Strand managing editor Andrew Gulli found a reference to the manuscript during an online search of Alcott's archives, stored at Harvard University's Houghton Library. “Aunt Nellie's Diary” appears in the Strand's spring issue, delayed until now because of the coronavirus.
“What struck me was the maturity of the work,” says Gulli, who in recent years has published obscure fiction by Ernest Hemingway, Tennessee Williams and many others in his literary quarterly. “Here was Alcott, who was on the cusp of adulthood, creating a complex work, where her main character is a single woman in her 40s, who defies many of the stereotypes of how women were portrayed in mid-19th century America.”
Because “Aunt Nellie's Diary” ends with various storylines unresolved, Gulli is inviting readers to complete the narrative. "We'll post guidelines in the coming weeks," he says. Alcott was born in Germantown, Pennsylvania, but spent much of her childhood moving around Massachusetts as her father, the educator and philosopher Amos Bronson Alcott, attempted such initiatives as an experimental school and an agrarian commune. Louisa May and her three sisters were employed in various jobs, and the author would speak of her writing as a release from the family's ongoing financial struggles. Around the same time she attempted “Aunt Nellie's Diary,” she worked on her first novel, “The Inheritance,” which remained unpublished until the 1990s.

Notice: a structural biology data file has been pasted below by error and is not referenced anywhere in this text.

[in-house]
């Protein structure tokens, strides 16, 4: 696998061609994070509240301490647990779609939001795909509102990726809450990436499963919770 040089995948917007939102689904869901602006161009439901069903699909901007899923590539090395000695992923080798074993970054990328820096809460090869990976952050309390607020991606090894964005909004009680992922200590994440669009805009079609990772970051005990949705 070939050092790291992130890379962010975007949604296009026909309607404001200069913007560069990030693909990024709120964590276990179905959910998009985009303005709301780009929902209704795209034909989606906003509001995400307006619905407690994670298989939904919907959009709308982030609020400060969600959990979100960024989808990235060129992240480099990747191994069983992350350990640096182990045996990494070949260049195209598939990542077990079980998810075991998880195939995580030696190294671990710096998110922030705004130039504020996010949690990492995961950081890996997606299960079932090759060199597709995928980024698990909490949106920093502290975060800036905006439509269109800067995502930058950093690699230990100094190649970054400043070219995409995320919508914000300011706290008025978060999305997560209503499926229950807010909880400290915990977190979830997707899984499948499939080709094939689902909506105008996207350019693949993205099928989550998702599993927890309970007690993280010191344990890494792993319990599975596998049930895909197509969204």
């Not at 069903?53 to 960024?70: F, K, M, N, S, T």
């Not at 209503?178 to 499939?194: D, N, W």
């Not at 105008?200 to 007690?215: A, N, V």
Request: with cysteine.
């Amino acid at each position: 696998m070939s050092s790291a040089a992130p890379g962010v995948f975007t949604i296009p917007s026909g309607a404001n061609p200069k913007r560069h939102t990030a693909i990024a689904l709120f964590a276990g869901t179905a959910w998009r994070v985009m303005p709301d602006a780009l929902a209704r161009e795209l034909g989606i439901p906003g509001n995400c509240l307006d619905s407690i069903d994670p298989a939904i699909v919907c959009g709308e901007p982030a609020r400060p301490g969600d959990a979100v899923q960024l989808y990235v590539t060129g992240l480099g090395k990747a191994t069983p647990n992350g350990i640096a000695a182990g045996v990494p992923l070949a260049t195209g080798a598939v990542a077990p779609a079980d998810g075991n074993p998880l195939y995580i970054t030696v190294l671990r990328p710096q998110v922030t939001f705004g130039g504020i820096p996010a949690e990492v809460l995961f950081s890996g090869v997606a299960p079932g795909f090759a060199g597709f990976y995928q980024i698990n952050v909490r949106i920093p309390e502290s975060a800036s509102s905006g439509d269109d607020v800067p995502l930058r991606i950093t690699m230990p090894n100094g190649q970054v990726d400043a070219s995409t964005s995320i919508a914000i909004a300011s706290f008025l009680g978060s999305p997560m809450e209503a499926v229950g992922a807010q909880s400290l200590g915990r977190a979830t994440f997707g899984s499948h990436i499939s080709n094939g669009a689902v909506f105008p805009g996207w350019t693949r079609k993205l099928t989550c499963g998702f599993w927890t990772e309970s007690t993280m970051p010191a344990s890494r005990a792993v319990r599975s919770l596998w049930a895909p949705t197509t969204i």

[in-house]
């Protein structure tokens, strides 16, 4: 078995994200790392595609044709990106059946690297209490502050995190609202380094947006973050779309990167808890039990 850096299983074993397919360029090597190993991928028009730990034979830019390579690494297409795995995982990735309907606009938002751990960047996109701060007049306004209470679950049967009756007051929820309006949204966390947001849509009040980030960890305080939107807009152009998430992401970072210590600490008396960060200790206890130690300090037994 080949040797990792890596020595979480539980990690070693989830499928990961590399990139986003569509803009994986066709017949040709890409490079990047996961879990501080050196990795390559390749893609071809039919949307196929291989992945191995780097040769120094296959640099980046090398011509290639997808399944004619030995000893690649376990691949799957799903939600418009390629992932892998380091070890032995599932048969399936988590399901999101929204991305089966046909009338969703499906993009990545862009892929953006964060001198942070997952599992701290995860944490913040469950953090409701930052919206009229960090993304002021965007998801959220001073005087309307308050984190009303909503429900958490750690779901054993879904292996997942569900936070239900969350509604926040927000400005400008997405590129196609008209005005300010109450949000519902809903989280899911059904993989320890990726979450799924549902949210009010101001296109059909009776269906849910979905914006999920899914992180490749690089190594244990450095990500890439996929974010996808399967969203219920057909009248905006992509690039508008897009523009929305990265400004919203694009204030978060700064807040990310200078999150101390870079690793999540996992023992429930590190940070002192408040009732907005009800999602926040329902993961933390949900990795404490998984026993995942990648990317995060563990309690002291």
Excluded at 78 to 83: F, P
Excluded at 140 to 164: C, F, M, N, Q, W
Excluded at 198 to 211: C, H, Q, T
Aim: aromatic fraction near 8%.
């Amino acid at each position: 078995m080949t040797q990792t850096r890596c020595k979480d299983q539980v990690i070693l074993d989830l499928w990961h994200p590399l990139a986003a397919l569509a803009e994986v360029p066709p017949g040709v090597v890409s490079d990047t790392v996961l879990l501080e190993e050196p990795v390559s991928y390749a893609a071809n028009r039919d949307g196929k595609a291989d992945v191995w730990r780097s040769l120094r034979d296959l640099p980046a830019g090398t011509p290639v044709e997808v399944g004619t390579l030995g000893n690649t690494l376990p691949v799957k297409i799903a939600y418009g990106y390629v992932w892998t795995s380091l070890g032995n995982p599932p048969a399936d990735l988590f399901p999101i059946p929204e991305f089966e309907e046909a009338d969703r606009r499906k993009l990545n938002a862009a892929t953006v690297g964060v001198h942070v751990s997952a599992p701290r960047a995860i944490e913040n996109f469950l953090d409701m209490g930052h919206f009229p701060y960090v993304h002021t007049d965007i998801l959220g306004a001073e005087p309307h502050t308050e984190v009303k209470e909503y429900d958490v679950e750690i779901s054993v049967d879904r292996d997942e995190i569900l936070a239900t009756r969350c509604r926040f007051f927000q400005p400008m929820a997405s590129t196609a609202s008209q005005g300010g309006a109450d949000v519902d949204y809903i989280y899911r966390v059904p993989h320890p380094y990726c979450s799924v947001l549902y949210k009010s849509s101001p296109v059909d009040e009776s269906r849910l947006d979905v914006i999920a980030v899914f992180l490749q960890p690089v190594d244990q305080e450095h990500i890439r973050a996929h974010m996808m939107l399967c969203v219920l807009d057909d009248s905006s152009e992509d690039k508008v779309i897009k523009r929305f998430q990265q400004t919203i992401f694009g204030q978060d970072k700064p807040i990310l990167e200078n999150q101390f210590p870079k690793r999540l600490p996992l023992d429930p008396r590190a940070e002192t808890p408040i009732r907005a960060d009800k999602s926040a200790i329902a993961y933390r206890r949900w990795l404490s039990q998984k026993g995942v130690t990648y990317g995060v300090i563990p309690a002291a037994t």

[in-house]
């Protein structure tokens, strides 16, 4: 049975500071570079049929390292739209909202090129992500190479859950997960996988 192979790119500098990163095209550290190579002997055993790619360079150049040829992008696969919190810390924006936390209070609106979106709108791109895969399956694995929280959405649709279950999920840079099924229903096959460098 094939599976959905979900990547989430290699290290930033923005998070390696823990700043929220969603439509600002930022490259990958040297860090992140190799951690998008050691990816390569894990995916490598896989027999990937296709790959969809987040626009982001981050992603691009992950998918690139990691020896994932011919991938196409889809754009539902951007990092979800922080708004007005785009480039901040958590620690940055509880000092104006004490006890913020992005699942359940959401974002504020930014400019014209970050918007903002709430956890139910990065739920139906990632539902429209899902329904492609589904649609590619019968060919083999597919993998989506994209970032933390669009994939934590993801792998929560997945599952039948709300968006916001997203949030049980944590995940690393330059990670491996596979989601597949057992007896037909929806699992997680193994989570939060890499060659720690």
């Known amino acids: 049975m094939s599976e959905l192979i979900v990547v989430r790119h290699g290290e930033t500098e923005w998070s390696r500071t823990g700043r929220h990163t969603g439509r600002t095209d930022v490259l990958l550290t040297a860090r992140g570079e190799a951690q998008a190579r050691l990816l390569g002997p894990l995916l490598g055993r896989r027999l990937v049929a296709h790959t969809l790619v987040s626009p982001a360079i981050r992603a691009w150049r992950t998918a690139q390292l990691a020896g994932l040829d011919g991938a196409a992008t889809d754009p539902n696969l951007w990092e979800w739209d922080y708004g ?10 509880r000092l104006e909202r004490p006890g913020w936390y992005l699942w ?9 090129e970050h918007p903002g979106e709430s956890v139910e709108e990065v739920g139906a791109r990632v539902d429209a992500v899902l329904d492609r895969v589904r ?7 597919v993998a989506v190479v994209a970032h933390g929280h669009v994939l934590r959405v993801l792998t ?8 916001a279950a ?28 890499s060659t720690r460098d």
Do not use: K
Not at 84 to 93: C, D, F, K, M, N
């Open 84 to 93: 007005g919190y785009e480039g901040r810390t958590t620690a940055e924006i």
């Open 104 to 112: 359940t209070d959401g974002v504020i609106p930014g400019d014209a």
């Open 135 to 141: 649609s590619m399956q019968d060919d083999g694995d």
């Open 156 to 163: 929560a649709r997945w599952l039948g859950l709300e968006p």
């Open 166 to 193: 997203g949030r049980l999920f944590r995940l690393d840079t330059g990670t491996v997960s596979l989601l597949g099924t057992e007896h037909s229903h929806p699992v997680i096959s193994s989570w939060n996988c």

Alcott’s reputation is defined by “Little Women,” the classic novel from the late 1860s about a New England family that was based on her own childhood. But she also published bloodied thrillers, children’s stories and sketches based on her volunteer work as a nurse during the Civil War. Alcott scholar Daniel Shealy says that “Aunt Nellie’s Diary” reflects what the author called her sentimental phase, her early immersion in such British authors as Charles Dickens and Sir Walter Scott.
“You can see her picking up on some of the romanticized, even sensationalized material from those books. It's a tough time for her, because the family was short of money, but it's also a creative time. She's beginning to develop and mature as a writer,” says Shealy, a professor of English at the University of North Carolina-Charlotte.
“If I had to compare this to ‘Little Women,’ I'd say that you can see her ability to create characters that you can take an interest in. And you see her ability to have several strands of the story going off in different directions, and you're wondering how she going to tie this all together. Clearly, this story is building to a big reveal, and we're going to learn new things about the characters' pasts.”
Online: The Strand Magazine: www.strandmag.com